This decidedly contemporary juxtaposition provokes conversation, and challenges our traditional narrative as Canadians. The portrait incidentally, is the original cover art for the tenth anniversary edition of Chester Brown’s graphic novel Louis Riel: A Comic Strip Biography.
Riel remains controversial figure, and difficult to place within Canadian history. He’s a powerful symbol of Native and French Canadian rebellion against centralized English-speaking government powers. However, we now live in a society where Multiculturalism is espoused, and Bilingualism is national policy. Chester Brown’s graphic biography is a reflection of this current cultural paradigm, particularly since Riel is now viewed as a “Father of Manitoba”, in spite of his defeats. It is notable that the Canada Council, a government run funding agency for the arts, provided support to Brown in the creation of this work.
Tucked away in a small alcove in a corner of the salon, original artwork from Chester Brown’s Louis Riel graphic novel is displayed, revealing Brown’s process. Each frame showcases what are essentially small individual panels of the same dimensions, on separate small pieces of paper, a half dozen of each which were eventually grouped together to form a “page” of artwork. Imagine each of these panels to be a frame of film. In film editing terms, this allowed Brown the ability to “non linear edit” as he crafts the story… adding or deleting panels and moments from any point in the chosen narrative as he goes along creating the work as a whole.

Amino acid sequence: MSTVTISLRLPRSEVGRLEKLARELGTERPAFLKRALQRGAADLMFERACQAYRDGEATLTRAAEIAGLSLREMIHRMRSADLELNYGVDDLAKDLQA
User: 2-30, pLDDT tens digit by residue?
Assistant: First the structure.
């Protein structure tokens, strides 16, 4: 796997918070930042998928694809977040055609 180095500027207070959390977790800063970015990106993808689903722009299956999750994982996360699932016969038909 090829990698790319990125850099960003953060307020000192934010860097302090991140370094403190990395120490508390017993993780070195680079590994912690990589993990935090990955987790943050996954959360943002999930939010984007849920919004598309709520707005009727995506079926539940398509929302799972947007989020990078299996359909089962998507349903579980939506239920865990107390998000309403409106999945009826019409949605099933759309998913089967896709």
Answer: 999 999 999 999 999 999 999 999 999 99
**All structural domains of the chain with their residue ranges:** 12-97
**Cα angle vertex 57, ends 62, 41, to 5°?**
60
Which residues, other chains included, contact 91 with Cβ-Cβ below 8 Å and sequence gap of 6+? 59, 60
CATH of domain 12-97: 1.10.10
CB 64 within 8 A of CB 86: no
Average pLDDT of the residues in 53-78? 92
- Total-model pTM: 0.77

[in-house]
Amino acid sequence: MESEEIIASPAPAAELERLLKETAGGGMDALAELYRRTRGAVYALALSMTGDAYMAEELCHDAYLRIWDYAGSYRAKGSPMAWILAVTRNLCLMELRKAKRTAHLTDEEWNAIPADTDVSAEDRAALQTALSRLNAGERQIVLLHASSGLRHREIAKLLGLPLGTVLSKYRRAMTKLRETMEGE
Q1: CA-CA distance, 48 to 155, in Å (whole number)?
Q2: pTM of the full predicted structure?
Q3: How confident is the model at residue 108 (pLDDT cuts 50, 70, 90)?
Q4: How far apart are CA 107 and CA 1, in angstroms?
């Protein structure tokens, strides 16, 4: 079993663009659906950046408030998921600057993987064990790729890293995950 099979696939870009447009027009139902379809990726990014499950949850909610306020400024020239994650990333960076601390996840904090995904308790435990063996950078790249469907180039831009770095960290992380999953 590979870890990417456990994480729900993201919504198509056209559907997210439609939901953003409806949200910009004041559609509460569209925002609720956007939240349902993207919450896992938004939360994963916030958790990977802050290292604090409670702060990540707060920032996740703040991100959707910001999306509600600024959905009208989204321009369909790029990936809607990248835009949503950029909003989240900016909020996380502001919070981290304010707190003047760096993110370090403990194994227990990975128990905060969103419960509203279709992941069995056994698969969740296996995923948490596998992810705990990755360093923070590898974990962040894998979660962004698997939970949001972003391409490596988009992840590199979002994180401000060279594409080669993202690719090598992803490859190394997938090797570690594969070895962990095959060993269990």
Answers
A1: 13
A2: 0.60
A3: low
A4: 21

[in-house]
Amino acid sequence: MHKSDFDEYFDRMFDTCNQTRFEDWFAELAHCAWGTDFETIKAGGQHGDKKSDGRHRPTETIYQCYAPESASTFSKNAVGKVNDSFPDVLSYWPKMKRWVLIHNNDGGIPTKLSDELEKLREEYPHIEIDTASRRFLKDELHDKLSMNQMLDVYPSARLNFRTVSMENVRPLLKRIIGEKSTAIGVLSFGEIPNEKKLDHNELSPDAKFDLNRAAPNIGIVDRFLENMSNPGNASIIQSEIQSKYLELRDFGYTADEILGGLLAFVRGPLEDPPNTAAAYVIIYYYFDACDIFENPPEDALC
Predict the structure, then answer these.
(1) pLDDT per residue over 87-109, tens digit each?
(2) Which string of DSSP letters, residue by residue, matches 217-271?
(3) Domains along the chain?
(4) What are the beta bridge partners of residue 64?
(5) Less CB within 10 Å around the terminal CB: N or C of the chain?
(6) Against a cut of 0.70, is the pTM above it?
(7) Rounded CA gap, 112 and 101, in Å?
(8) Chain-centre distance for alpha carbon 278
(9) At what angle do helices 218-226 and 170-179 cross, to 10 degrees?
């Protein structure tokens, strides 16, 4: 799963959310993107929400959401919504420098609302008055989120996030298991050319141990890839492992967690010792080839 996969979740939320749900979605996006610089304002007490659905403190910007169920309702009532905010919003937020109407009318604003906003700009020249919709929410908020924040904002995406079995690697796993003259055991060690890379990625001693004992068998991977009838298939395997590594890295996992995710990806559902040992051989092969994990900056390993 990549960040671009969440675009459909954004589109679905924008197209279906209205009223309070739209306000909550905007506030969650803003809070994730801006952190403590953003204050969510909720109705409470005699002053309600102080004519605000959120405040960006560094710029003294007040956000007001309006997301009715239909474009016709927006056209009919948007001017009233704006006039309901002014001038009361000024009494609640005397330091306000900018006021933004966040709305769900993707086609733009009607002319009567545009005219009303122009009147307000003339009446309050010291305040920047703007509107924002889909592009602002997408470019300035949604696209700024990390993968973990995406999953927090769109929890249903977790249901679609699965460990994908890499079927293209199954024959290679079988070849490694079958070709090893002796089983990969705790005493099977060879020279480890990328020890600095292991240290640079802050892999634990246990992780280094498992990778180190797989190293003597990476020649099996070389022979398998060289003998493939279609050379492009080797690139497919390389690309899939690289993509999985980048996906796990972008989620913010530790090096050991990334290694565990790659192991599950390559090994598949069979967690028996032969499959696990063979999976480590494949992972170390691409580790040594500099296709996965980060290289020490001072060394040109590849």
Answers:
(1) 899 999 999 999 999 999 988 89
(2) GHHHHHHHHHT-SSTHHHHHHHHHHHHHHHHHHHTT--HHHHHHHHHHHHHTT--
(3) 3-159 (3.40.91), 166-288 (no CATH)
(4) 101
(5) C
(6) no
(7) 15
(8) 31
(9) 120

We also need to note that Brown calls his biography a comic strip. Drawing from a more traditionally populist format, and defining itself away from the more literary pretentious term, graphic novel or even the more common place name of comic book. Both terms which come with a degree of cultural baggage in the current landscape.
During the process of creating this work, Brown adapted a large stylistic influence from cartoonist Harold Gray, the creator of the comic strip Little Orphan Annie. In fact, there are examples out there showing how Brown redrew panels he created earlier in the process to keep this aesthetic choice consistent. The choice of Gray is interesting in that Gray is largely considered a political artist himself during a tumultuous period of American history. Recall that the original Little Orphan Annie cartoon strip was a politically charged reaction to the changing times of the depression-era nineteen thirties – a fact largely forgotten in the shadow of the Broadway musical and cinematic adaptation that has taken popular root in its cultural stead.